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Fed Cut Rates -- Here's the Words From FOMC Investors Are Already Weighing

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Nobody was surprised at the Federal Reserve's 25-basis-point interest-rate cut Wednesday. 

But one phrase the Federal Open Market Committee used is causing some divergence of opinion among some of the biggest investment shops out there. And the phrase has everything to do with rate cuts in 2020, for which stock investors are still hungry. 

First, let's review the facts. 

The rate cut brings the federal-funds rate, the rate at which banks lend to each other overnight, to a range of 1.25% and 1.5%. This was priced into treasurys, with the 10-year yield little changed at 1.78% and the 3-month yielding 1.61%. Stocks seesawed, then all three major U.S. indexes rose.

The FOMC said, "The committee will continue to monitor the implications of incoming information for the economic outlook as it assesses the appropriate path."

In the past, that type of phrase has worried investors, as it can sometimes indicate the Fed will be less compelled to cut rates. Stock investors want a low-rate environment, as it stimulates growth in what is now a decelerating U.S. economy.

On Wednesday, third-quarter GDP was reported at an annualized 1.9% growth rate, lower than the 2% seen in Q2 and far lower than this expansion's high of 4% in Q3 2018.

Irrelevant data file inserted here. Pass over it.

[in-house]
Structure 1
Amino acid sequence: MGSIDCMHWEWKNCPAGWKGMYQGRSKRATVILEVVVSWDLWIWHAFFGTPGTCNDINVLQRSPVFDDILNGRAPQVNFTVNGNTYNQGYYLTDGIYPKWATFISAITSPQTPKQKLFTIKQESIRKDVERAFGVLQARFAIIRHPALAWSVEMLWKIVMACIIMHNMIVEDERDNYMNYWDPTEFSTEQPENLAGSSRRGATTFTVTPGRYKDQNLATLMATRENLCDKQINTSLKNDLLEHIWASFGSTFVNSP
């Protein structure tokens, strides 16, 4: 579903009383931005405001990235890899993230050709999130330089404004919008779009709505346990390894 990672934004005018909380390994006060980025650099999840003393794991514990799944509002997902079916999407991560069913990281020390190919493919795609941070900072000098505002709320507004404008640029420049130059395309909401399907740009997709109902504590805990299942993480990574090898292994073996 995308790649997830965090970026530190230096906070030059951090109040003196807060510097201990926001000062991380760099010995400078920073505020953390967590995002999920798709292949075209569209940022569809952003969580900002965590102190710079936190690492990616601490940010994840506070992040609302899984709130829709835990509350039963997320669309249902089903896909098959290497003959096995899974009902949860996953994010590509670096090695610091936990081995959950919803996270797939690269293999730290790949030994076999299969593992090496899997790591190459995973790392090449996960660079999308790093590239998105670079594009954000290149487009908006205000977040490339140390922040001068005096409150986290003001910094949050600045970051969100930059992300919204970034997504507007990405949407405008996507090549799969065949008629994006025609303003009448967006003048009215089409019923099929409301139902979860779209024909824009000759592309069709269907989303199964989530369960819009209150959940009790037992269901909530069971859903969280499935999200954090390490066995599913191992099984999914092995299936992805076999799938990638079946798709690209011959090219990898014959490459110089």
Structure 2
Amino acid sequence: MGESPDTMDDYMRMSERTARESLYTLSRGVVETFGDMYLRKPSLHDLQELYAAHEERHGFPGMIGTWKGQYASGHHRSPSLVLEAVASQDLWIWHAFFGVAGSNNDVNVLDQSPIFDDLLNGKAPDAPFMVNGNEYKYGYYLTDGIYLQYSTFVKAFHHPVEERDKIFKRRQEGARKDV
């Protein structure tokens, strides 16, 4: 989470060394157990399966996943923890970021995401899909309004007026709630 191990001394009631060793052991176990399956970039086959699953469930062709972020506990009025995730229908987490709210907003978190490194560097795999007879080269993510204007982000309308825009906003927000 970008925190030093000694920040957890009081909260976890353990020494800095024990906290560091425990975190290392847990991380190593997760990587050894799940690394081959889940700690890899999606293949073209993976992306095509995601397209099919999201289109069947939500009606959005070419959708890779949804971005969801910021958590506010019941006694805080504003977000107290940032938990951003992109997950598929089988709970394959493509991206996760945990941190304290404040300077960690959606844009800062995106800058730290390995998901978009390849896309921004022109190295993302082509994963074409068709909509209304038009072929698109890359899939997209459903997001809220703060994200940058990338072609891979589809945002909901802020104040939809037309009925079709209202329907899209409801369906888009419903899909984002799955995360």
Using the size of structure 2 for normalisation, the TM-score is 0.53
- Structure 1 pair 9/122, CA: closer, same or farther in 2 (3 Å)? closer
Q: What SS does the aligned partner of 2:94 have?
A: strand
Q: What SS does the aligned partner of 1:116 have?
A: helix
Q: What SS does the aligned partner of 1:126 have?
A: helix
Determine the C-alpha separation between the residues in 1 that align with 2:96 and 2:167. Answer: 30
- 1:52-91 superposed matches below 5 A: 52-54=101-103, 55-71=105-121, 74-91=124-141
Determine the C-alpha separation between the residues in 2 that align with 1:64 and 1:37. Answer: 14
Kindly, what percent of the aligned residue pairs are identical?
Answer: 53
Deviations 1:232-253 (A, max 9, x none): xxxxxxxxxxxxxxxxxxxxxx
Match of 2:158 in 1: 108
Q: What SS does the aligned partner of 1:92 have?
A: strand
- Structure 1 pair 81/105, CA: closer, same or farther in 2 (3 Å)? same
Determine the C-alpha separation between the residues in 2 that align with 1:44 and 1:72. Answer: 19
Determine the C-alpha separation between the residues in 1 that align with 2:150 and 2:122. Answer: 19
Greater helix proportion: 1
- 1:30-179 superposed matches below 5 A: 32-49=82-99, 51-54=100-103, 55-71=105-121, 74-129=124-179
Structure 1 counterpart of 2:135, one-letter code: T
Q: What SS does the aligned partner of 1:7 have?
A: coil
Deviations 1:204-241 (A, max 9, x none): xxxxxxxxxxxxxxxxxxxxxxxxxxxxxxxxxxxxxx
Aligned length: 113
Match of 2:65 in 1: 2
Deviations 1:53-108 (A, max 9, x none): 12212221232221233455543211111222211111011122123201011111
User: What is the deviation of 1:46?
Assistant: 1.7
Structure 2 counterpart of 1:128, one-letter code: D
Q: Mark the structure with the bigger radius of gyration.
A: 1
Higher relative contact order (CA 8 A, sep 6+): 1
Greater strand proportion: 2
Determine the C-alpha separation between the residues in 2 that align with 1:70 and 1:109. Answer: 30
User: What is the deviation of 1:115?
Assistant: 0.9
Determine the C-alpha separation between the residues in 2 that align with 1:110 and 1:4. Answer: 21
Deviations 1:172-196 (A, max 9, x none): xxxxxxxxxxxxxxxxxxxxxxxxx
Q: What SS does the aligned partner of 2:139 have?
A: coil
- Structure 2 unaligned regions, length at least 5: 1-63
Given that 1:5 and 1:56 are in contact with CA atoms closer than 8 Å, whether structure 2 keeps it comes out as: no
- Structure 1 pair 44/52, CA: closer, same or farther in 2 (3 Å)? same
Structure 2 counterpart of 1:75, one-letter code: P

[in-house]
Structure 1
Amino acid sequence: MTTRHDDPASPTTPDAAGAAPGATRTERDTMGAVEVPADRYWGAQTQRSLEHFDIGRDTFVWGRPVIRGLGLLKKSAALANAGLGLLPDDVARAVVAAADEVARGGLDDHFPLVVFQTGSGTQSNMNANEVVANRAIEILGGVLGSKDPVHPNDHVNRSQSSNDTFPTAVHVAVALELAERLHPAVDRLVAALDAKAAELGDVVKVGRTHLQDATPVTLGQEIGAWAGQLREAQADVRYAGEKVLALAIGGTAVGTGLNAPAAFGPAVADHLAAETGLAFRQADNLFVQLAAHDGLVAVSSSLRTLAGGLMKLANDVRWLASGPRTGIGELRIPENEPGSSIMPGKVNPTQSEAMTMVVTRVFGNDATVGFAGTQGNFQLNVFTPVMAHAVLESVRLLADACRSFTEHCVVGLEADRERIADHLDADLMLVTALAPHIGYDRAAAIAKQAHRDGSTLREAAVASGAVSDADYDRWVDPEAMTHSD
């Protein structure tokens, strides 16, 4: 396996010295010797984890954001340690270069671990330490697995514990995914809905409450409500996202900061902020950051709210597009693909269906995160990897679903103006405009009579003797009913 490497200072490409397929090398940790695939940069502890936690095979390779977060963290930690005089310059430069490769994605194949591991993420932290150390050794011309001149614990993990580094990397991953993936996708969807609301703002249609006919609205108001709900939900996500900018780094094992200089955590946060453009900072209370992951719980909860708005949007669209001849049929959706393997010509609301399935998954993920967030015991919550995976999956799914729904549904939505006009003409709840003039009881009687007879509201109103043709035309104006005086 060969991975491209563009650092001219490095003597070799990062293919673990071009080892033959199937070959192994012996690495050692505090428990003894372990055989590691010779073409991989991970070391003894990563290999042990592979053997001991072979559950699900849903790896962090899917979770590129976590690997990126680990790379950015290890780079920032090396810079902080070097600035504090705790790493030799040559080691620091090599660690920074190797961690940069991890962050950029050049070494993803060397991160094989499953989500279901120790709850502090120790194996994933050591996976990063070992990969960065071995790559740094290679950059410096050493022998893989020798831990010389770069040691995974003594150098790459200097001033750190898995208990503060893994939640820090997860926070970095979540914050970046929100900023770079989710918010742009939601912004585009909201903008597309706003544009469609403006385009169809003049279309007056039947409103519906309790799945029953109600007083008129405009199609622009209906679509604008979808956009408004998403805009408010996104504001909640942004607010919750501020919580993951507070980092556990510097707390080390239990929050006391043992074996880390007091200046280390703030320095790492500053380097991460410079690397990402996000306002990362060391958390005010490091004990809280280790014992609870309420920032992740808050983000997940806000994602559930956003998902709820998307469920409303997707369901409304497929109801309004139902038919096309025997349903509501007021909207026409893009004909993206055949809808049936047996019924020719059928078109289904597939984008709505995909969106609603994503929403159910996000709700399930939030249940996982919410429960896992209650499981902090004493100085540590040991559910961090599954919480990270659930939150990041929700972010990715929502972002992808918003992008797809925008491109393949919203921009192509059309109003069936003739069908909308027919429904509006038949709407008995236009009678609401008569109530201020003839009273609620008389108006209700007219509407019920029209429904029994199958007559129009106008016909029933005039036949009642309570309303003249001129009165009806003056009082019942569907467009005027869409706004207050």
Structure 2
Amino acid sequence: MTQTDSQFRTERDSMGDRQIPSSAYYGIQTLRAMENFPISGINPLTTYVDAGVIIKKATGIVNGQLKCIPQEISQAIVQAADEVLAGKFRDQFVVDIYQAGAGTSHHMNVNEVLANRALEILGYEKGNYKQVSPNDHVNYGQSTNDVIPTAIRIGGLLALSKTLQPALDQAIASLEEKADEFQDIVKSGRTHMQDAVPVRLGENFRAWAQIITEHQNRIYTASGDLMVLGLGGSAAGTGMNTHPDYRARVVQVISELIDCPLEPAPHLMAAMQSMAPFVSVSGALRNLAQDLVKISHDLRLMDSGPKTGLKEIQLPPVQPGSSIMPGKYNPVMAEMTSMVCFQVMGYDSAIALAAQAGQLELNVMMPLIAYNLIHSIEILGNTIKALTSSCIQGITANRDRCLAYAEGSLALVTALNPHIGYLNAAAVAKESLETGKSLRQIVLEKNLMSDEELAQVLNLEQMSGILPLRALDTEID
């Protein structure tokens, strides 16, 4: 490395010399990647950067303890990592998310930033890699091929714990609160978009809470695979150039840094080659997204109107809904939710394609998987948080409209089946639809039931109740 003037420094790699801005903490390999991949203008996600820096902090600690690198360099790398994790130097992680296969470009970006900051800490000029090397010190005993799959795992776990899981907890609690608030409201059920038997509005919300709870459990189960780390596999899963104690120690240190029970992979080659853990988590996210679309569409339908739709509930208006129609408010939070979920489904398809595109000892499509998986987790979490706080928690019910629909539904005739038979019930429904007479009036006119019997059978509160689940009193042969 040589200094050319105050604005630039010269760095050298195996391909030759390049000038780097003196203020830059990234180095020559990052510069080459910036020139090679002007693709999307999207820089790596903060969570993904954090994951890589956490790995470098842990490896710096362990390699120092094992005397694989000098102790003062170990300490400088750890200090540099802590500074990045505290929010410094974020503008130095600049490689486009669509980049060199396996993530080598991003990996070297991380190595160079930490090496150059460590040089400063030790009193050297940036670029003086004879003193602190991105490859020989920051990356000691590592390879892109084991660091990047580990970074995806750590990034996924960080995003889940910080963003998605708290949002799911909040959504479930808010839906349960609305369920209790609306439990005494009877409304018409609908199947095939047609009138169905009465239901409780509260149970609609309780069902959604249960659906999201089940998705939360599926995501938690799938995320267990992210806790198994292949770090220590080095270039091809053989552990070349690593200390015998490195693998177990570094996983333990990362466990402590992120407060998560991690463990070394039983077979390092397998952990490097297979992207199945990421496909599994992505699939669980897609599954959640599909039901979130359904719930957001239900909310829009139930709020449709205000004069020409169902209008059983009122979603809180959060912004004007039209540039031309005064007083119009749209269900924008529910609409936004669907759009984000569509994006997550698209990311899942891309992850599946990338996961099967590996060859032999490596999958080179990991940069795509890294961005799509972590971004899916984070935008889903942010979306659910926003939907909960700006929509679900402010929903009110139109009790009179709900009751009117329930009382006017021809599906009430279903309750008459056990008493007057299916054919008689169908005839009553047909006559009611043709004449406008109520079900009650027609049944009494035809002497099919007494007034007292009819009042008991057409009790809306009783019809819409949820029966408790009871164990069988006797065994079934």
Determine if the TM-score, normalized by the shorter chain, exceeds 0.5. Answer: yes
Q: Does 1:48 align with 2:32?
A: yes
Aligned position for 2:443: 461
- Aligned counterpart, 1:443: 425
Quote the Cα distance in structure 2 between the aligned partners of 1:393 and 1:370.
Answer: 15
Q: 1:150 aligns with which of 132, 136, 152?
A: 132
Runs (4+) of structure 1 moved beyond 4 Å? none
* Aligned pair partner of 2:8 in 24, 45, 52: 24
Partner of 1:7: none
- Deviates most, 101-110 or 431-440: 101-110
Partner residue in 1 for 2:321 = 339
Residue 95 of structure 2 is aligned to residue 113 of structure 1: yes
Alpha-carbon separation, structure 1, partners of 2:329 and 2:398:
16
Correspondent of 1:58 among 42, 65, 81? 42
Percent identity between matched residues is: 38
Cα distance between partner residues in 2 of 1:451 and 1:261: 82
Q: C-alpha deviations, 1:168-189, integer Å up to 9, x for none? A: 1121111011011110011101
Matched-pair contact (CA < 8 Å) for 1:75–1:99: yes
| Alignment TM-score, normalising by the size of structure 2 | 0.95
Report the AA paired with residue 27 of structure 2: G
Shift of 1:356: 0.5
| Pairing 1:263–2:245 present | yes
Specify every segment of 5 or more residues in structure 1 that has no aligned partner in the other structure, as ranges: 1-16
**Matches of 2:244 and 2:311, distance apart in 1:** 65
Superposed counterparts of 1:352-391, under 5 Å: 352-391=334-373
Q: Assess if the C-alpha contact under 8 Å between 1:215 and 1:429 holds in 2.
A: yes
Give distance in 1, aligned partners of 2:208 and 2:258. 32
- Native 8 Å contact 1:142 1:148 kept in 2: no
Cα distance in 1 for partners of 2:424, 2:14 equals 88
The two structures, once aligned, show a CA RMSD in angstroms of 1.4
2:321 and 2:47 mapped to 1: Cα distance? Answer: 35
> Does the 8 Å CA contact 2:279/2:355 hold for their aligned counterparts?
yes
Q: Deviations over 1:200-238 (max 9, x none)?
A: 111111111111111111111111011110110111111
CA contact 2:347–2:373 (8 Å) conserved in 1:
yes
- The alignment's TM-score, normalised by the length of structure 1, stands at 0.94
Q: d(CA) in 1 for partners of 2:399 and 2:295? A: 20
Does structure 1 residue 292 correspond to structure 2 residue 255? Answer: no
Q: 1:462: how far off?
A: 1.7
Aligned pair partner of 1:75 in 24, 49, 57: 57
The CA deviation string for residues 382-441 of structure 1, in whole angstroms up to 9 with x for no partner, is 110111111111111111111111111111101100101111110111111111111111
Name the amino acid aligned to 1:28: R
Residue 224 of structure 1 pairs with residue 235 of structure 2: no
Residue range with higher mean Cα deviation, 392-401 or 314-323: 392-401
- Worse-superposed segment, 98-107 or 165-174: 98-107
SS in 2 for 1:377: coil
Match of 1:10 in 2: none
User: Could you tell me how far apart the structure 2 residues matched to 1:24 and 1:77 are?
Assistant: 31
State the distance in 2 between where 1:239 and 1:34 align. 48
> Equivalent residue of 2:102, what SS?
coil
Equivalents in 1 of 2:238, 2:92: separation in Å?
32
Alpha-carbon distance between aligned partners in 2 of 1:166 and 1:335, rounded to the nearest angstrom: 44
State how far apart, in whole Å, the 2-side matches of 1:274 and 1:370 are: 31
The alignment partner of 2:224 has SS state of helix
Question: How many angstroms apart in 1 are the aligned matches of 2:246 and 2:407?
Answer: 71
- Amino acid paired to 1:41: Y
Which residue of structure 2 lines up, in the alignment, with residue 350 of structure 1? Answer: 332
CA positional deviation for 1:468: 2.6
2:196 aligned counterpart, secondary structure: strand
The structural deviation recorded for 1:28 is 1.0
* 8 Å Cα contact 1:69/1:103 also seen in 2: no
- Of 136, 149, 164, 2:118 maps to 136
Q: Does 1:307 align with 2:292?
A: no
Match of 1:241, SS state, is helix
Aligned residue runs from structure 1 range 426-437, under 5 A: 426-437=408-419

In Wednesday's GDP report, business investment, which contracted 3% year-over-year, was a drag on growth. Poor business sentiment and hesitance among executives to invest have been a theme of late, as uncertainty about the direction of tariffs constrains companies' confidence in demand.

Still, the GDP result for Q3 beat expectations, as a 2.9% increase in consumer spend buoyed growth. 

But "without explicitly stating, the Fed appears to be on hold from cutting rates further in the near term," said Charlie Ripley, senior investment strategist for Allianz Investment Management. "It feels like the completion of a 75-basis-point insurance cut is an appropriate measure absent an exogenous shock to the market." The three rate cuts in 2019 are "insurance cuts" meant to safeguard the economy from potential roughness. 

Jason Pride, Glenmede's chief investment officer of private wealth said investors "will likely scrutinize the speeches of voting members over the next few weeks for insight into their thought processes." 

But one strategist says the Fed's comments indicate investors will indeed see the March 2020 rate cut they want. In response to the FOMC's comment, UBS's Leslie Falconio, senior investment strategist of global wealth management, told TheStreet, "the insurance cuts are not done and now [the Fed is] going to move to a data-dependent trajectory, which is a bit easier to predict." 

Falconio was referring to the decelerating economic data the market has observed in the past year-and-a-half, which furthers the case for more rate cuts, as Fed Chairman Jerome Powell wants to continue the current expansion. 

With the S&P 500 up 21% year-to-date, and the average stock in the index trading at 17 times next year's earnings, Falconio doesn't advise adding too much risk to one's portfolio. Others cite the continuing expansion and accommodative interest rate environment as reason to believe stocks still have some upside left. 

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